Community Board 2 (CB2) held a public hearing last week on a proposal to rezone Hudson Square, the burgeoning media district between West Houston, Greenwich and Canal Streets and Sixth Avenue.
Most workers leave the neighborhood after business hours due to its lack of housing and shops, but Trinity Real Estate, owners of more than 40 percent of the area’s properties, seek the city’s permission to transform the neighborhood into a bustling mixed-use commercial and residential community.
Local residents, business owners and activists attended the hearing to share their opinions on the company’s vision, and while most agreed that Hudson Square would profit from some level of rezoning, many worried that the current plan’s scale would damage the neighborhood’s identity.
Trinity representative Carl Weisbrod outlined the proposal, which aims, in his words, “to increase the area’s special appeal to creative companies, and to protect neighborhood character.” He explained that the plan would bolster retail and residential growth mostly by imposing restrictions—limiting the neighborhood’s currently-uncapped building dimensions, banning most building demolitions and conversions and prohibiting large hotels and nightclubs from opening without special permits. Regulations would require wide buildings to reserve ground-floor space for retail, and Trinity would provide a 444-seat public elementary school at its own expense.
The plan wants to cement Hudson Square as a “walking neighborhood,” said another representative, who promised high street walls, rows of boutique shops, many trees and bike lanes. Weisbrod claimed that Trinity expects the area’s residential capacity to increase up to 3,400 units (including 20 percent affordable housing) within 10 years, with construction beginning around the end of 2013.
Some attendees enthusiastically supported the proposal, urging CB2 to recommend the plan to City Hall “as it is.” A few speakers lined up at the microphone to applaud Trinity for considering the community’s requests for building-dimension limits and a local school.
“The neighborhood needs density to allow for a sustainable middle class,” agreed one resident. “You need to have enough buildable area in a neighborhood so that developers will come and build.”
Many other attendees, however, questioned the price the neighborhood would have to pay for development. Zack Winstine, co-chair of the Greenwich Village Community Task Force, contended new retail space would only create more banks and chain stores that would homogenize the neighborhood’s industrial, historic character.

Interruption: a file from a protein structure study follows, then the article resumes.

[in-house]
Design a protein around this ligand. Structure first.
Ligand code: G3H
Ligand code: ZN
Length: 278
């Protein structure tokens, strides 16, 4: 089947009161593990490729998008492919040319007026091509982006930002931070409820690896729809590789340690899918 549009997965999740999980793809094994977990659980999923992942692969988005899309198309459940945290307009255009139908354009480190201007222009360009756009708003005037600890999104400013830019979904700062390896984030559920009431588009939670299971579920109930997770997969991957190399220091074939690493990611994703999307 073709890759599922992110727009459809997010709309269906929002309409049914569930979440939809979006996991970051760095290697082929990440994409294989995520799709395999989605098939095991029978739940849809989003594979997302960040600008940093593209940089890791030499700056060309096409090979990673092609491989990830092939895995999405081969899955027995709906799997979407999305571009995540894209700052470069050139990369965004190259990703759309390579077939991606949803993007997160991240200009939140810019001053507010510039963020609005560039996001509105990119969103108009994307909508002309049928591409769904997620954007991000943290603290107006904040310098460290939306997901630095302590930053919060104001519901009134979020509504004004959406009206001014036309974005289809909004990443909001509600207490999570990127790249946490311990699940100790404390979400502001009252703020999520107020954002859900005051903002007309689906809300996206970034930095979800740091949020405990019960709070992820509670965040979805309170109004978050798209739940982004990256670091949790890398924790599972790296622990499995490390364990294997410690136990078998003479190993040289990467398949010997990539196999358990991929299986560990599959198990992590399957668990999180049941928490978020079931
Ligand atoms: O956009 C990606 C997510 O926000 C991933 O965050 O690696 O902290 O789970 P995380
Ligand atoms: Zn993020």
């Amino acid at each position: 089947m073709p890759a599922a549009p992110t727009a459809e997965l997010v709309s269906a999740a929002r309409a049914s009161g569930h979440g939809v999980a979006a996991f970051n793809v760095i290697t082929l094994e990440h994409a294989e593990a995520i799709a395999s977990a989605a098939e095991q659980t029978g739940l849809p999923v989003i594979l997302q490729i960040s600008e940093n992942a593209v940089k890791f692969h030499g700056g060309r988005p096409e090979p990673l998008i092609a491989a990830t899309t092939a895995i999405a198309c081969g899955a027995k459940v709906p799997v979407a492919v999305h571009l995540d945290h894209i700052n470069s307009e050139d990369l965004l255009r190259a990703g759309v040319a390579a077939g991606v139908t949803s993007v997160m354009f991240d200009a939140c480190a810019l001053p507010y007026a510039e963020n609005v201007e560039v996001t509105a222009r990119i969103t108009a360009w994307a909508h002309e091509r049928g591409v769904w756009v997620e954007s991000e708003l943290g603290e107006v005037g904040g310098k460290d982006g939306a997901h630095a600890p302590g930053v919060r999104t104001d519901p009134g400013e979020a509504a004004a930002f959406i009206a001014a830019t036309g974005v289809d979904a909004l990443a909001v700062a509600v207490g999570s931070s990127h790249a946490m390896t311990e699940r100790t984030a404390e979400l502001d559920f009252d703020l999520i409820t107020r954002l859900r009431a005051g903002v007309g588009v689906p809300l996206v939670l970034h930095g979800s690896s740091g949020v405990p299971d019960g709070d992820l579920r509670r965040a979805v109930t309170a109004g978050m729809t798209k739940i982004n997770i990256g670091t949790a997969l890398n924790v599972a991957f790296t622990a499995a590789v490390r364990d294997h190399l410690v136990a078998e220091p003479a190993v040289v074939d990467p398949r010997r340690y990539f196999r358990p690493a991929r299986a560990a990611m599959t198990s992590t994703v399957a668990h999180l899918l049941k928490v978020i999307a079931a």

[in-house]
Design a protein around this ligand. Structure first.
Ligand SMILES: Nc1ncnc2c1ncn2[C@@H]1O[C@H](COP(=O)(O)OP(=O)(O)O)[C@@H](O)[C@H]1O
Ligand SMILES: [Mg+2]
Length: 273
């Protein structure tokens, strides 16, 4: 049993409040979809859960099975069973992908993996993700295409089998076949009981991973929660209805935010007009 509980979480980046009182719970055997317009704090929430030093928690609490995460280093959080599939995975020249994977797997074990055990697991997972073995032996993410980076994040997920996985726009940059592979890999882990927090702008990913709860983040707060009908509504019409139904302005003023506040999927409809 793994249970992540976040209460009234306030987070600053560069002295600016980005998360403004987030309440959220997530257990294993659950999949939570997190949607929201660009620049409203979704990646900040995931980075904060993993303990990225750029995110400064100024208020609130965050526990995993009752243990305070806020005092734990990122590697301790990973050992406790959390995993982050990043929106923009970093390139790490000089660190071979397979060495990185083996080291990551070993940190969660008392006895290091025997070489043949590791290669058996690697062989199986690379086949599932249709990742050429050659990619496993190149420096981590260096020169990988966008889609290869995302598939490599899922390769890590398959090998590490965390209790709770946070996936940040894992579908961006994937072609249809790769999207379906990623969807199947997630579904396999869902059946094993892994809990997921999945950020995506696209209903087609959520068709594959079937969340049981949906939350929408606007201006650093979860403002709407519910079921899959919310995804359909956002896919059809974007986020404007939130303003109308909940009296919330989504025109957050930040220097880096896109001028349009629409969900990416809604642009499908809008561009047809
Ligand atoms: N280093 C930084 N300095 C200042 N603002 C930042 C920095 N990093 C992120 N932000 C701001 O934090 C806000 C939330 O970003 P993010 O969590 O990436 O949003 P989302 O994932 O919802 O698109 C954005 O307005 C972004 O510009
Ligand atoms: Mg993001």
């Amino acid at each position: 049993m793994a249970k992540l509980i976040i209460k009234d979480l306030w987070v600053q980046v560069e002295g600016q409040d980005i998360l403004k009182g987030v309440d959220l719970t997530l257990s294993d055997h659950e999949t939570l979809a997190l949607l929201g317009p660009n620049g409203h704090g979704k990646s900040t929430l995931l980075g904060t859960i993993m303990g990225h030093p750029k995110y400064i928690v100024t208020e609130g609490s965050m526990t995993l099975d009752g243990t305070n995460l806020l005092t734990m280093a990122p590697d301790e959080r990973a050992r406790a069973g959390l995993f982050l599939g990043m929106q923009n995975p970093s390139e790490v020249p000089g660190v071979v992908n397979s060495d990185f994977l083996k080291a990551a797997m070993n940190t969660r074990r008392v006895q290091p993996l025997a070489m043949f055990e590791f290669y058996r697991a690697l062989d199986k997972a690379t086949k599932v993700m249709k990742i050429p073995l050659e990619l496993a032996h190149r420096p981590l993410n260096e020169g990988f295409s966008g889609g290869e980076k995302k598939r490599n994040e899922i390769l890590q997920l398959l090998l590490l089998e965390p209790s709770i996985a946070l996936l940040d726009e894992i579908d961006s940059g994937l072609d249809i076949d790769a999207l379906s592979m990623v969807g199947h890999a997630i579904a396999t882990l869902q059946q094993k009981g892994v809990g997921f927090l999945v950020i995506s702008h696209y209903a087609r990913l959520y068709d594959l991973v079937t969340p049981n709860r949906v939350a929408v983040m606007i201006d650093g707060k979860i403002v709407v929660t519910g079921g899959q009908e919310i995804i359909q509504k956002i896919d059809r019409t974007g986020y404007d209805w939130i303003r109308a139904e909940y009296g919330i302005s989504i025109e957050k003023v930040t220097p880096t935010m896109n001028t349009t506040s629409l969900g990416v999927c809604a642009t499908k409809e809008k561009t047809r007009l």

“I’m worried about the loss of the smaller historic buildings in the area,” he told Our Town Downtown after the hearing. “Allowing residential will greatly increase the incentives for developers to knock down these buildings and build highly profitable new residential structures of the maximum size allowed by the new zoning.” He noted that smaller commercial tenants also could be priced out of the area.
Andrew Berman, executive director of the Greenwich Village Society for Historic Preservation, shared Winstine’s concern: “The proposed building heights are just out of scale for the neighborhood. On the Duarte Square site, it would allow a building as tall as Trump SoHo, and on other major avenues it would allow buildings of 320 feet in height, which is significantly taller than virtually any other building in the neighborhood except Trump.”
Berman and Winstine have joined other community leaders in demanding reduced building dimensions in Hudson Square as well as landmark protection for the neighboring historic South Village, which they argue also would be at risk for over-development. Other speakers called for the preservation of more open space in the area, a commitment by Trinity to build a connection between the neighborhood and Hudson River Park on Spring Street and fewer development restrictions on properties not owned by the real estate company.
The debate is just beginning to go public, with another hearing scheduled for Wednesday, Sept. 19, at the Fire Museum on Spring Street. CB2 is one of multiple committees that will consider local opinion and critique the plan over the next several months, before Trinity submits its final draft of the proposal to City Hall for approval next year.
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